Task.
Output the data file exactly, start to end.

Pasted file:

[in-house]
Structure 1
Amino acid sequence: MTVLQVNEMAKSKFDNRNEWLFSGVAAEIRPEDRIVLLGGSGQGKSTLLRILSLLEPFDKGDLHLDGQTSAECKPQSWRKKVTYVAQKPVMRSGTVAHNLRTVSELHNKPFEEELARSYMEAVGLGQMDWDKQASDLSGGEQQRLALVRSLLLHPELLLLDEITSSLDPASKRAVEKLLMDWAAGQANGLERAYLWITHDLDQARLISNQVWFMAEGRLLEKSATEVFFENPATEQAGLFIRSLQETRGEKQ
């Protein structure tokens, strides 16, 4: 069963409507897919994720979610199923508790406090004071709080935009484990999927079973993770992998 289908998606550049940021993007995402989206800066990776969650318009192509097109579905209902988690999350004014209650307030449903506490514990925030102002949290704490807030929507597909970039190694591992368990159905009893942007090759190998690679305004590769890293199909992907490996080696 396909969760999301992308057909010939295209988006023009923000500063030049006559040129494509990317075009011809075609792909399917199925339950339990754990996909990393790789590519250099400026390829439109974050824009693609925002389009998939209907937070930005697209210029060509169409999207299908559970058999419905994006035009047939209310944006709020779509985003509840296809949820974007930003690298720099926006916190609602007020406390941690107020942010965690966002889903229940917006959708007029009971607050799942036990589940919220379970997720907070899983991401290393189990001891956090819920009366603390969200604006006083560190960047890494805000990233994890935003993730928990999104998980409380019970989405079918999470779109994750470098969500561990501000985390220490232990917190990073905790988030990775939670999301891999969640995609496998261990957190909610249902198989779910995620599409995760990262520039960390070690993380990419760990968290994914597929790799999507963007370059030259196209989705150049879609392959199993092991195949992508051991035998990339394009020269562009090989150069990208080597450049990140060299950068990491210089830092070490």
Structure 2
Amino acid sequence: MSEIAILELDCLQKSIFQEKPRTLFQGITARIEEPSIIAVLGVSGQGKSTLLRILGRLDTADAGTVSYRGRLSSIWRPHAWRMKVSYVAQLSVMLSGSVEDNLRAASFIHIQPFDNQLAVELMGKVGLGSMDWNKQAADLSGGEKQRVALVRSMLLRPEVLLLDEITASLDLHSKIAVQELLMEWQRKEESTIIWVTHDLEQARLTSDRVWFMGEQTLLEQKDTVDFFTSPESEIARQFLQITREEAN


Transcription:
[in-house]
Structure 1
Amino acid sequence: MTVLQVNEMAKSKFDNRNEWLFSGVAAEIRPEDRIVLLGGSGQGKSTLLRILSLLEPFDKGDLHLDGQTSAECKPQSWRKKVTYVAQKPVMRSGTVAHNLRTVSELHNKPFEEELARSYMEAVGLGQMDWDKQASDLSGGEQQRLALVRSLLLHPELLLLDEITSSLDPASKRAVEKLLMDWAAGQANGLERAYLWITHDLDQARLISNQVWFMAEGRLLEKSATEVFFENPATEQAGLFIRSLQETRGEKQ
């Protein structure tokens, strides 16, 4: 069963409507897919994720979610199923508790406090004071709080935009484990999927079973993770992998 289908998606550049940021993007995402989206800066990776969650318009192509097109579905209902988690999350004014209650307030449903506490514990925030102002949290704490807030929507597909970039190694591992368990159905009893942007090759190998690679305004590769890293199909992907490996080696 396909969760999301992308057909010939295209988006023009923000500063030049006559040129494509990317075009011809075609792909399917199925339950339990754990996909990393790789590519250099400026390829439109974050824009693609925002389009998939209907937070930005697209210029060509169409999207299908559970058999419905994006035009047939209310944006709020779509985003509840296809949820974007930003690298720099926006916190609602007020406390941690107020942010965690966002889903229940917006959708007029009971607050799942036990589940919220379970997720907070899983991401290393189990001891956090819920009366603390969200604006006083560190960047890494805000990233994890935003993730928990999104998980409380019970989405079918999470779109994750470098969500561990501000985390220490232990917190990073905790988030990775939670999301891999969640995609496998261990957190909610249902198989779910995620599409995760990262520039960390070690993380990419760990968290994914597929790799999507963007370059030259196209989705150049879609392959199993092991195949992508051991035998990339394009020269562009090989150069990208080597450049990140060299950068990491210089830092070490």
Structure 2
Amino acid sequence: MSEIAILELDCLQKSIFQEKPRTLFQGITARIEEPSIIAVLGVSGQGKSTLLRILGRLDTADAGTVSYRGRLSSIWRPHAWRMKVSYVAQLSVMLSGSVEDNLRAASFIHIQPFDNQLAVELMGKVGLGSMDWNKQAADLSGGEKQRVALVRSMLLRPEVLLLDEITASLDLHSKIAVQELLMEWQRKEESTIIWVTHDLEQARLTSDRVWFMGEQTLLEQKDTVDFFTSPESEIARQFLQITREEAN